Using the proper tool (a fully functioning budget) to track your income and expenses; you just might see you have more than you thought.
So let’s print your beginners budget worksheet, roll up our sleeves and get to work! Just click on the button below and grab your free budget worksheet!
Before we start, I want to let you in on a little secret…the most important ingredient involved in budgeting is having the right mindset! If you don’t believe you can stick to a budget, you won’t. Really let that sink in!
You have to create your own rules and follow them. Now on to our tracking…
To create an accurate budget, you must start by calculating your total monthly income. So many people have multiple sources of income from second jobs and side hustles. We need to add all of that together to get a complete total of what is coming in…our foundation of our budget.
List all of your income on your handy budget sheet. Include ALL sources of income. This is really important so don’t leave anything out. If you have consistent pay this is easy, just write down your take-home pay from your paychecks. If you receive overtime, separate that onto another line and adjust monthly as needed. Now if you are a girl boss (or a guy boss-I don’t want to leave y’all out) and have irregular income and are unsure of what your total will be for the month, write the minimum amount you know you will make. So if you make $2500-$4000 monthly on your home-based business, list your income as $2500. This can always be adjusted. Unless your income and your bills never change (like that will ever happen), you need to remember that your budget is a changing document.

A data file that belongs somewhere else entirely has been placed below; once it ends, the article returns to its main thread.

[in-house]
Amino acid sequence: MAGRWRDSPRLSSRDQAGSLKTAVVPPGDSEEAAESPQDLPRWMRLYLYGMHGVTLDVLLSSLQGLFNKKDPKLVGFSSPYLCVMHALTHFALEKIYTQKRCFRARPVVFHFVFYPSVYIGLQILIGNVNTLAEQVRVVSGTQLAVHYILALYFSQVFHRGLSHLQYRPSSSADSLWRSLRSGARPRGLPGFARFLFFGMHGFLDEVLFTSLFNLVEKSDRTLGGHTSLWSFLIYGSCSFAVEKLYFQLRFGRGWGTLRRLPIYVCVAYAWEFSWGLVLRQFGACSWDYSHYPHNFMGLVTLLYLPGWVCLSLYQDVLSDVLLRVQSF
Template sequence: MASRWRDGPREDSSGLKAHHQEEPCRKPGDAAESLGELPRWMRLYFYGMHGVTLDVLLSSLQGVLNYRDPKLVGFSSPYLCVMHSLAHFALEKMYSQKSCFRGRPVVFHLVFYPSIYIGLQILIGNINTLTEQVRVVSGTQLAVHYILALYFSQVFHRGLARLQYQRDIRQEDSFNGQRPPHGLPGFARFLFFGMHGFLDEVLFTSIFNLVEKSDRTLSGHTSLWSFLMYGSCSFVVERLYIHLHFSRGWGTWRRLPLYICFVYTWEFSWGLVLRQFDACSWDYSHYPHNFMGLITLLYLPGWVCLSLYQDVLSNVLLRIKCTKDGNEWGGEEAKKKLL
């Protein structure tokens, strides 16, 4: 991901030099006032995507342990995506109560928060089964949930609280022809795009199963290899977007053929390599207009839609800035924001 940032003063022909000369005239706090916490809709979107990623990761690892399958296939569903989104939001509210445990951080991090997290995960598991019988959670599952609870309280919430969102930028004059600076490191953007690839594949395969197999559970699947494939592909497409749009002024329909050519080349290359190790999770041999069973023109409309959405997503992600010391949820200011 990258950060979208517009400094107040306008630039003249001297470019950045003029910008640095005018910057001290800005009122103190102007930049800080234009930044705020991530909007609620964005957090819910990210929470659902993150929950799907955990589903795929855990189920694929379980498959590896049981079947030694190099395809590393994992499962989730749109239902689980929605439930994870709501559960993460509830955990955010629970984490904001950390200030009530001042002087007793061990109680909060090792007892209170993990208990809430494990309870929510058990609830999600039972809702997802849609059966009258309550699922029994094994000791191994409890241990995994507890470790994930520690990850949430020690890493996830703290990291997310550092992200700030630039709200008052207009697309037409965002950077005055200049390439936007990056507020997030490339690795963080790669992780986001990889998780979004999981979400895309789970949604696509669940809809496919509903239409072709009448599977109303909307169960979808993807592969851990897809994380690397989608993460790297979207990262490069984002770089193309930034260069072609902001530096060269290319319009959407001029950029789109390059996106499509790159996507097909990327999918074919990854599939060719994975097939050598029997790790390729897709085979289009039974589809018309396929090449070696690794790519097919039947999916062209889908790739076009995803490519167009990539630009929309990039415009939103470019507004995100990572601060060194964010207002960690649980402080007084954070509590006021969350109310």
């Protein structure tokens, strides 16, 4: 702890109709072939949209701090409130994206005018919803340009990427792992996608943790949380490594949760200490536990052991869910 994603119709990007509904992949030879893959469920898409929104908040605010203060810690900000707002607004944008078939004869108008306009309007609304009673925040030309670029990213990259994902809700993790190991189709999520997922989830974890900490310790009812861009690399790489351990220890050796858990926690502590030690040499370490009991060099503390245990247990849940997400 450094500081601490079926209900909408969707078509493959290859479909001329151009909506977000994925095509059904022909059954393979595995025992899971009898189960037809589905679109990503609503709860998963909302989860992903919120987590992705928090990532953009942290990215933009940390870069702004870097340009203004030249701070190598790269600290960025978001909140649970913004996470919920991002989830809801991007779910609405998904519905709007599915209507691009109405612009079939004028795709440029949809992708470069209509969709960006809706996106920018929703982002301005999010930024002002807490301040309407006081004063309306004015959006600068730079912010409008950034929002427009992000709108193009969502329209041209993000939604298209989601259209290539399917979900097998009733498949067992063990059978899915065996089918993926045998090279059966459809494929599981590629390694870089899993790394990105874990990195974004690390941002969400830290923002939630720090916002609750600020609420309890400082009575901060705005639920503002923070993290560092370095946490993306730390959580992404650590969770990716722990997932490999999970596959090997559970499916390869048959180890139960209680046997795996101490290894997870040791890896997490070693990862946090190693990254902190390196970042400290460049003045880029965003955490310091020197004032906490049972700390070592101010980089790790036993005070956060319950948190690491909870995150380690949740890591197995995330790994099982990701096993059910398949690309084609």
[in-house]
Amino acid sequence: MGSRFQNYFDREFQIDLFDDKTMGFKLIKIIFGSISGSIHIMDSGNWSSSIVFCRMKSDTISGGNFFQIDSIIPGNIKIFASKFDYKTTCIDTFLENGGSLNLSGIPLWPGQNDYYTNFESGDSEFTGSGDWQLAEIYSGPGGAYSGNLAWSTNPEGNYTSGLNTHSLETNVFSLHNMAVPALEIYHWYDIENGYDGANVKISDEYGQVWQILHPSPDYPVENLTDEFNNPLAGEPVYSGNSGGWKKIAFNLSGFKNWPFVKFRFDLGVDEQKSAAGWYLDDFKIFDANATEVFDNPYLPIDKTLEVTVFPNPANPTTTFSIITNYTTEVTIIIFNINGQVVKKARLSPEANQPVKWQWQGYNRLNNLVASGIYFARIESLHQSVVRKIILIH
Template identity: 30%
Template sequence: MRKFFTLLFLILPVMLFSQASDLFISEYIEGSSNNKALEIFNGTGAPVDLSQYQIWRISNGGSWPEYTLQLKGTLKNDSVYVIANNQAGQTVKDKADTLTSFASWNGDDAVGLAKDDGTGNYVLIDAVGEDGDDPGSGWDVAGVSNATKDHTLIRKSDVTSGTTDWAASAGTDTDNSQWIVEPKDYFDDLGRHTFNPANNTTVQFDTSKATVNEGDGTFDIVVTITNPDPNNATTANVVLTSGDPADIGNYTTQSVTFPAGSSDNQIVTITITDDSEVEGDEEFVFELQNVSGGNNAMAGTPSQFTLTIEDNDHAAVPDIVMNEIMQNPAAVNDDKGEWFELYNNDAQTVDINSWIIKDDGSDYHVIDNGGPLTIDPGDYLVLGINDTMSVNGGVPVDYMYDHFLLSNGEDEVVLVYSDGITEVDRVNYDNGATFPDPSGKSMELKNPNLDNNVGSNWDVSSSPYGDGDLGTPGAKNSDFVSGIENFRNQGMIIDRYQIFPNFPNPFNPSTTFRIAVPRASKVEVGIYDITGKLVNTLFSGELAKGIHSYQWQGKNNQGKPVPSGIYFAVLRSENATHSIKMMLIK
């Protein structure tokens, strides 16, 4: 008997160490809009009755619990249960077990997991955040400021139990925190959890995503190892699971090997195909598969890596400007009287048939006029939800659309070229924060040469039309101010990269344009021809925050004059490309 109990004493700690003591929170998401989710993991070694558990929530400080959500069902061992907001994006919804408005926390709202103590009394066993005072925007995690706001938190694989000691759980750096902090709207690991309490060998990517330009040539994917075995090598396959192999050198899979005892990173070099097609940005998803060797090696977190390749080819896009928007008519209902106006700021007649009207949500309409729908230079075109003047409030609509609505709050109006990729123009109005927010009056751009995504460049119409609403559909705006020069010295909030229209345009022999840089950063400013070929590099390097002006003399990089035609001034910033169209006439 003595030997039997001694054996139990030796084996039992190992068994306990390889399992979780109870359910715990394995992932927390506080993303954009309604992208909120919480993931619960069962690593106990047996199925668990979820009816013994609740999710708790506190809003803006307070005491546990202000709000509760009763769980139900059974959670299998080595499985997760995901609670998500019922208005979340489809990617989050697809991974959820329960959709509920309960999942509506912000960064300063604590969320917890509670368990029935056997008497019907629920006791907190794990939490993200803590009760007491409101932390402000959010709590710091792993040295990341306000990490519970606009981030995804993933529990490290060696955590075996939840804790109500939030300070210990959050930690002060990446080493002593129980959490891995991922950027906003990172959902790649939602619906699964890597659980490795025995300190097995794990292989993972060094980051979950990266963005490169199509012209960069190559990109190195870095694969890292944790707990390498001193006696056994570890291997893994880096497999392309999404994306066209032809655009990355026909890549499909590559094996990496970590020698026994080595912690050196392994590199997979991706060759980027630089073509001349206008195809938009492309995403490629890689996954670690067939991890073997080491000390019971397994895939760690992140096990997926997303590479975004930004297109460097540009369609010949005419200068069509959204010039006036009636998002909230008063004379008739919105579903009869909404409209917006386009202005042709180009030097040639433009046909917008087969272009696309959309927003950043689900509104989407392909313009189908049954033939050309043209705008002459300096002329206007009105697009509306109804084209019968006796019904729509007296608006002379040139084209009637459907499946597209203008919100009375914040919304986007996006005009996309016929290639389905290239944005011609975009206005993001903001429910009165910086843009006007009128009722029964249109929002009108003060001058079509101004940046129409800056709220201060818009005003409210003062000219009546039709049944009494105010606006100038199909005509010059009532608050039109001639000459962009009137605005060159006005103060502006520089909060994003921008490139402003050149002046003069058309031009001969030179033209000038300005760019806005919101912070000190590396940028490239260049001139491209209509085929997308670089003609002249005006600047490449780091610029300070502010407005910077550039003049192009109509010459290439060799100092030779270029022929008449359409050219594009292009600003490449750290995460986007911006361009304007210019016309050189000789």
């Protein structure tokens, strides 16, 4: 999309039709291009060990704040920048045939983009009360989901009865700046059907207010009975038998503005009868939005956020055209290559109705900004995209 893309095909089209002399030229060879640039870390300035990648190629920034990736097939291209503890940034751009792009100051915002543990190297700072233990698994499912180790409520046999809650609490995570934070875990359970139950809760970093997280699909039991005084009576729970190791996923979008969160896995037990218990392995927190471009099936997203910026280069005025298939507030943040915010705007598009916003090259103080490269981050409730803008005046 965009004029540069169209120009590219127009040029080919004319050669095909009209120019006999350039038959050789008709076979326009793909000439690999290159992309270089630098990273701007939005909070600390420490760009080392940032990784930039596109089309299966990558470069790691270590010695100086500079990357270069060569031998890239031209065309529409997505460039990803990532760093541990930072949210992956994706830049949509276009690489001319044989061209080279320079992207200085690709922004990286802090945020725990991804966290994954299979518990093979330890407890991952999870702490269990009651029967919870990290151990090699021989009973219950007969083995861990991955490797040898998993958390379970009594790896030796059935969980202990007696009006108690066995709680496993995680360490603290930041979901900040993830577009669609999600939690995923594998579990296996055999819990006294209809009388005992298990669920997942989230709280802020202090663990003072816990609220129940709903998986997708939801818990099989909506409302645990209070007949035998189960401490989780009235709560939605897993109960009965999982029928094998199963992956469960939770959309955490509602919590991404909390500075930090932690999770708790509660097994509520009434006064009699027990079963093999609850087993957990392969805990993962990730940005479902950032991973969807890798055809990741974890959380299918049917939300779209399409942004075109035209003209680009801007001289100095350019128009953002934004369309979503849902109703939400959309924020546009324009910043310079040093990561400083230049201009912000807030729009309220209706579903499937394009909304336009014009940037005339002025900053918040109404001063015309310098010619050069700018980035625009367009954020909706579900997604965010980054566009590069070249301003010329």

Now that you know exactly how much you are bringing in, the next step is deciding on your plan. What is your financial goal or the lifestyle you want to achieve? Are you in the market for a new car? Maybe you are hoping to buy a house or take your dream vacation. By seeing just how much money you have coming in, you can now see the lifestyle you can actually afford.
Using the budget we are creating, you can make a plan for the lifestyle you want without going into greater debt…and possibly finance the realistic lifestyle you WANT by using cash! (Now you know what I mean by realistic lifestyle…because my dream lifestyle is to travel about 250 days per year and we all know I can budget until the cows come home but probably won’t be able to afford that!) So let’s keep it real and in our means, but continue striving for that next step and dream!
If you follow Dave Ramsey you have probably heard him say something like – if you can’t afford to pay in cash, you actually can’t afford it. And that is what I know I am working on, affording my lifestyle without digging myself into debt.
If you are interested in learning more from Dave Ramsey and The Total Money Makeover: Classic Edition: A Proven Plan for Financial Fitness, click below.
In my next post of this series, How to Track Your Spending and Stick to Your Budget, we are going to discuss expenses and how to actually stick to a budget as we dig even deeper into how to start a budget when you just don’t know where to start and stop living paycheck to paycheck.
If you are already following a budget let me know your tips in the comments…if you aren’t budgeting, I’d love to hear why not.